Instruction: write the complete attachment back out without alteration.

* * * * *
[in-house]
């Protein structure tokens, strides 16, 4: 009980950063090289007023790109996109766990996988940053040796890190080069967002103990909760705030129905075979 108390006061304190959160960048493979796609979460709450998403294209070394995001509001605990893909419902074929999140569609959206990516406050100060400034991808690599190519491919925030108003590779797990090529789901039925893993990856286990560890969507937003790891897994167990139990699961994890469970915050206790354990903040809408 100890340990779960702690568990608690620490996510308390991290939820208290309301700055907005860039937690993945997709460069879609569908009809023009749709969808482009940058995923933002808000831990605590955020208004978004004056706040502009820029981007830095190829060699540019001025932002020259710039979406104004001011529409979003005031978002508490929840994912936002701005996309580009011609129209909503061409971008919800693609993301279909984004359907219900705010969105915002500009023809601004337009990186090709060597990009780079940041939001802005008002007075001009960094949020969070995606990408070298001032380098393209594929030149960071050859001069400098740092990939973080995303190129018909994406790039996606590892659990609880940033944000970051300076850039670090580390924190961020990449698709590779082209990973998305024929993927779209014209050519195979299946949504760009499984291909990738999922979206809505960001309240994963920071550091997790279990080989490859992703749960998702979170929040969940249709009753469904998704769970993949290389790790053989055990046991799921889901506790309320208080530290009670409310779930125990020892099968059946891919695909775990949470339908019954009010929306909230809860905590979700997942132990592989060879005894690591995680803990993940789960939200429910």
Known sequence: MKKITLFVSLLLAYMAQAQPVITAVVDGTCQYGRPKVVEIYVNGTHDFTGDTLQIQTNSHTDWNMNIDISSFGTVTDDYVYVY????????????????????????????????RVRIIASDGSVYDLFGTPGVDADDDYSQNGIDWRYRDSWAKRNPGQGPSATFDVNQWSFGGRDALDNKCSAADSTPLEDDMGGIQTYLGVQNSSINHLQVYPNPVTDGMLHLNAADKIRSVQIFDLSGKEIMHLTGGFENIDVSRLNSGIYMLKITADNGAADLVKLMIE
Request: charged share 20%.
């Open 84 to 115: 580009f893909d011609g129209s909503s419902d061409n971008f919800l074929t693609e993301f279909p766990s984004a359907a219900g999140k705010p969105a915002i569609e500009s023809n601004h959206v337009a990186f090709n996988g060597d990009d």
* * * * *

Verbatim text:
[in-house]
């Protein structure tokens, strides 16, 4: 009980950063090289007023790109996109766990996988940053040796890190080069967002103990909760705030129905075979 108390006061304190959160960048493979796609979460709450998403294209070394995001509001605990893909419902074929999140569609959206990516406050100060400034991808690599190519491919925030108003590779797990090529789901039925893993990856286990560890969507937003790891897994167990139990699961994890469970915050206790354990903040809408 100890340990779960702690568990608690620490996510308390991290939820208290309301700055907005860039937690993945997709460069879609569908009809023009749709969808482009940058995923933002808000831990605590955020208004978004004056706040502009820029981007830095190829060699540019001025932002020259710039979406104004001011529409979003005031978002508490929840994912936002701005996309580009011609129209909503061409971008919800693609993301279909984004359907219900705010969105915002500009023809601004337009990186090709060597990009780079940041939001802005008002007075001009960094949020969070995606990408070298001032380098393209594929030149960071050859001069400098740092990939973080995303190129018909994406790039996606590892659990609880940033944000970051300076850039670090580390924190961020990449698709590779082209990973998305024929993927779209014209050519195979299946949504760009499984291909990738999922979206809505960001309240994963920071550091997790279990080989490859992703749960998702979170929040969940249709009753469904998704769970993949290389790790053989055990046991799921889901506790309320208080530290009670409310779930125990020892099968059946891919695909775990949470339908019954009010929306909230809860905590979700997942132990592989060879005894690591995680803990993940789960939200429910």
Known sequence: MKKITLFVSLLLAYMAQAQPVITAVVDGTCQYGRPKVVEIYVNGTHDFTGDTLQIQTNSHTDWNMNIDISSFGTVTDDYVYVY????????????????????????????????RVRIIASDGSVYDLFGTPGVDADDDYSQNGIDWRYRDSWAKRNPGQGPSATFDVNQWSFGGRDALDNKCSAADSTPLEDDMGGIQTYLGVQNSSINHLQVYPNPVTDGMLHLNAADKIRSVQIFDLSGKEIMHLTGGFENIDVSRLNSGIYMLKITADNGAADLVKLMIE
Request: charged share 20%.
């Open 84 to 115: 580009f893909d011609g129209s909503s419902d061409n971008f919800l074929t693609e993301f279909p766990s984004a359907a219900g999140k705010p969105a915002i569609e500009s023809n601004h959206v337009a990186f090709n996988g060597d990009d």